Class time and location: MWF 10-11 in STO B50
Text: James Stewart: Calculus: Concepts and Contexts, Third edition (2005), ISBN 0-534-40986-5. This is the same edition that we used at BU for MA 123 and 124 during the 2007-2008 academic year.
In this course, we will study the calculus of functions of several variables. Since visualizing these functions involves the use of vectors and surfaces in three dimensions, we will begin with a modern approach to the geometry of three dimensions. Then we will study multivariable calculus using partial derivatives and multiple integrals. Our final topic is one of the most elegant and useful in the study of physical systems---vector analysis and the many forms of Stokes's theorem.
The course will follow Chapters 9-13 in the text, and
occasionally we will review material from earlier chapters as well as
Course web page: http://math.bu.edu/people/paul/MA225-fall08.html
Exams and grading:
We will have three in-class exams during
the semester, all at the normal class time.
They will be held on
In addition to the in-class exams, you will be required to submit written work during the semester.
Grades for the course will be determined by applying the most favorable of the following two weighting schemes to your curved exam grades:
|Scheme #1||Scheme #2|
|Each of your two best in-class exams||20%||Each in-class exam||20%|
|The remaining in-class exam||10%||The final||30%|
|The final||40%||Discussion section grade||10%|
|Discussion section grade||10%|
Make-up exams: I have an absolutely firm policy of not giving make-up exams. If you miss an exam, then you must provide an acceptable, written excuse (not an email message) for your absence or you will receive a grade of zero. A valid reason for missing an exam would be something serious like illness (not a slight cold) or a family emergency. Neither poor preparation nor sleeping through an exam are acceptable. If possible (particularly if you want to be sure that your excuse is an acceptable one), contact me before missing an exam.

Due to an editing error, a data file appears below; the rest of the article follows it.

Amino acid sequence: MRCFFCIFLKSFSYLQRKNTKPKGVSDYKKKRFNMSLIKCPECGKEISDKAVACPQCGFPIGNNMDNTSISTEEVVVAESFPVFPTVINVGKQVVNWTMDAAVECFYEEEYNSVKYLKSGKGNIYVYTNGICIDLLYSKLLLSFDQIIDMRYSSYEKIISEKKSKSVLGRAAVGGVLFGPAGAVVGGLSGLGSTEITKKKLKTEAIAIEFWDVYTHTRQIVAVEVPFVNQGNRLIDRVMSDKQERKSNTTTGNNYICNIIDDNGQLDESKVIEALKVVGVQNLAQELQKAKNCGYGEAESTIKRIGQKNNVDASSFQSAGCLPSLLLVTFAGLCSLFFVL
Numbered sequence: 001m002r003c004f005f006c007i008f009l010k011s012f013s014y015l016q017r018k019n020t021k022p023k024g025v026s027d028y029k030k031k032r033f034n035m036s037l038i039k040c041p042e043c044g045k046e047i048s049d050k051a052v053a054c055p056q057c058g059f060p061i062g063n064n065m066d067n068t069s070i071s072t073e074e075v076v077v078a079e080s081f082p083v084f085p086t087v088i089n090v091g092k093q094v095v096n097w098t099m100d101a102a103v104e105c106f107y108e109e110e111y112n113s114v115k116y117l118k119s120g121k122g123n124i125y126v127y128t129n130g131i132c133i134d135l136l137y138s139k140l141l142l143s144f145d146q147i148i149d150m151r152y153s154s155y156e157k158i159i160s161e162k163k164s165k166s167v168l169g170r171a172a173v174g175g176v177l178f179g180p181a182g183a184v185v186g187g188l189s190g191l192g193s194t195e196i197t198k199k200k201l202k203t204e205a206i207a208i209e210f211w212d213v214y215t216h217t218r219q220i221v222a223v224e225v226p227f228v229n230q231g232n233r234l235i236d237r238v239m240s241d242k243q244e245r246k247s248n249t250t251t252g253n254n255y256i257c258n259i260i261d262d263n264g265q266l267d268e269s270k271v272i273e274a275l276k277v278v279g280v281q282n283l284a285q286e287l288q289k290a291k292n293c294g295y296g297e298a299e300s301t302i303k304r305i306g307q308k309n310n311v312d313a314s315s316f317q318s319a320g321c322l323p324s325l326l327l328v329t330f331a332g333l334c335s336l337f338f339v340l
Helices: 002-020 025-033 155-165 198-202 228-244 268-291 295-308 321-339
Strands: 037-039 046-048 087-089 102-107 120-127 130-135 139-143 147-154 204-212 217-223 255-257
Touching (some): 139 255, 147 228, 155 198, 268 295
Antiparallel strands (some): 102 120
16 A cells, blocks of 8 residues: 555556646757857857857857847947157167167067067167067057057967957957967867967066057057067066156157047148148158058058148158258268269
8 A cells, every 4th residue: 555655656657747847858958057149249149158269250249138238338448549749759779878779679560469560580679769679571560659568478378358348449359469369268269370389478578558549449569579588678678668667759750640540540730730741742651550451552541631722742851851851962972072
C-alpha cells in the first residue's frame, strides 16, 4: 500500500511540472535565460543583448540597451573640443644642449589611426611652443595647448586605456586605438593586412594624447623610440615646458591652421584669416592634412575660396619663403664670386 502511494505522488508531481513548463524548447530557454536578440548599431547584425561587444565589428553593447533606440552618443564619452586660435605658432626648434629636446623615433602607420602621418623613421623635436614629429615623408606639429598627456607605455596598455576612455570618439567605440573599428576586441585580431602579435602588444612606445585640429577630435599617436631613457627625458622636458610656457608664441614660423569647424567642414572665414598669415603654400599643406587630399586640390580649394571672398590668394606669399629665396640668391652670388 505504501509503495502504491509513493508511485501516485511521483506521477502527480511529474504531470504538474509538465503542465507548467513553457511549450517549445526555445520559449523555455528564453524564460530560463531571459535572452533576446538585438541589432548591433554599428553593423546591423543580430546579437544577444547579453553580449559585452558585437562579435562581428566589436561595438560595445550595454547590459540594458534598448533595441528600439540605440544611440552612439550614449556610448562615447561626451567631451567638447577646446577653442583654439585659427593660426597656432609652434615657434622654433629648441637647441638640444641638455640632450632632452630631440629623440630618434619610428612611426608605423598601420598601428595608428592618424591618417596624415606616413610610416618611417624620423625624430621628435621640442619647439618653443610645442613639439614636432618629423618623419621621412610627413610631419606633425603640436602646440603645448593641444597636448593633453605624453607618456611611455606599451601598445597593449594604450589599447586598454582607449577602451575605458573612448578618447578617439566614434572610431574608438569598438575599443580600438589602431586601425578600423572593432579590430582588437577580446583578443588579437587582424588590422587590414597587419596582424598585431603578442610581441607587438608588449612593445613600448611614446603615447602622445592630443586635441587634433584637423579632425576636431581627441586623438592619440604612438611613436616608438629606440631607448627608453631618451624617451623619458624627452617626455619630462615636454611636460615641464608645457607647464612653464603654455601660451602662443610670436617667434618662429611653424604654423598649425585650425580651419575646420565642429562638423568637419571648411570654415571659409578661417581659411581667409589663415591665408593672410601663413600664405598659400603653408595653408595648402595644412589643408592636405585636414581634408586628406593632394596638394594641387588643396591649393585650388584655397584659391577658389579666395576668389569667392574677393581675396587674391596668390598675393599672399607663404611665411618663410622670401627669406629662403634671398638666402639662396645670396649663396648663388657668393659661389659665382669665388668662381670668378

Discussion section instructor:
Her office is
Homework: Assignments from the text will be made at the end of each class, and you are expected to work these exercises before the next class. In addition, you will be expected to submit your homework for review at discussion section each week. No late homework will be accepted for any reason.
Discussion sections: Each student must attend one of these sections. Although the lectures are important, you will need to do more than simply attend lectures to do well in this course. Mastering the subject comes from doing problems and getting help when you do not know how to do them. The discussion sections are the best place to get that help.
Office: MCS Room 255.
Phone number: 617-353-9555 (email preferred).
Email address: firstname.lastname@example.org. I find that email is a good way to leave messages, but it is not a good way to get help on your homework. For help with the mathematics in this course, I encourage you to visit me in my office. If you miss class, do not send me email asking for answers to questions that were covered in class.
There will frequently be at least
one teaching assistant available to give you some help with your
Your work and conduct in this course are governed by the
This code is designed to promote high standards of
academic honesty and integrity as well as fairness. A copy of the
code is available in CAS
Class conduct: See the course web page for a discussion of conduct that is inappropriate during class and/or discussion sections.
Last drop date:
Students cannot withdraw from a course after the tenth week of
the semester. In other words, if you are in this course